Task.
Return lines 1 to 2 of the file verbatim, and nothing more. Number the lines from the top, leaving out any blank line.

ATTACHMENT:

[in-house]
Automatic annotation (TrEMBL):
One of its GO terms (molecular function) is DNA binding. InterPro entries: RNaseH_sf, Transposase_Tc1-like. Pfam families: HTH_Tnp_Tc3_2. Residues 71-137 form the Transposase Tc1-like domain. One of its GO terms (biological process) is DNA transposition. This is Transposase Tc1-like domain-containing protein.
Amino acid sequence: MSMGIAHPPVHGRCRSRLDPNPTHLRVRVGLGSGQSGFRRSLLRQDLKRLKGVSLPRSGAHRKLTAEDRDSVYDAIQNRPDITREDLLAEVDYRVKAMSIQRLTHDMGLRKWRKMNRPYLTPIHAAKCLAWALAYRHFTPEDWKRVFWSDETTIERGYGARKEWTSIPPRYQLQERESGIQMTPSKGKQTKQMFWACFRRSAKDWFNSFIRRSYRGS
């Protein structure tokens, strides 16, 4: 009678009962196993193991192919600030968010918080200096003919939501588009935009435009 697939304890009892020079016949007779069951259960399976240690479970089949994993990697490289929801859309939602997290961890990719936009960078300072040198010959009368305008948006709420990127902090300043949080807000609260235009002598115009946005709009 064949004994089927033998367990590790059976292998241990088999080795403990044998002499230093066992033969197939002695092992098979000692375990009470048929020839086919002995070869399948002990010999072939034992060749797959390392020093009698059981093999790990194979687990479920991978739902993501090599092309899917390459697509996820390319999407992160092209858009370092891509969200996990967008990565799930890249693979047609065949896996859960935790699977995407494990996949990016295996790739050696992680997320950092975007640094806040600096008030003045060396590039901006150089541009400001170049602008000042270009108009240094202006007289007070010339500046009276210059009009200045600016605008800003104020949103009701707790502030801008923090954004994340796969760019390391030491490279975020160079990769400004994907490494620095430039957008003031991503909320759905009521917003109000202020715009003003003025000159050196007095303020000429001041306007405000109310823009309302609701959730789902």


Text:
[in-house]
Automatic annotation (TrEMBL):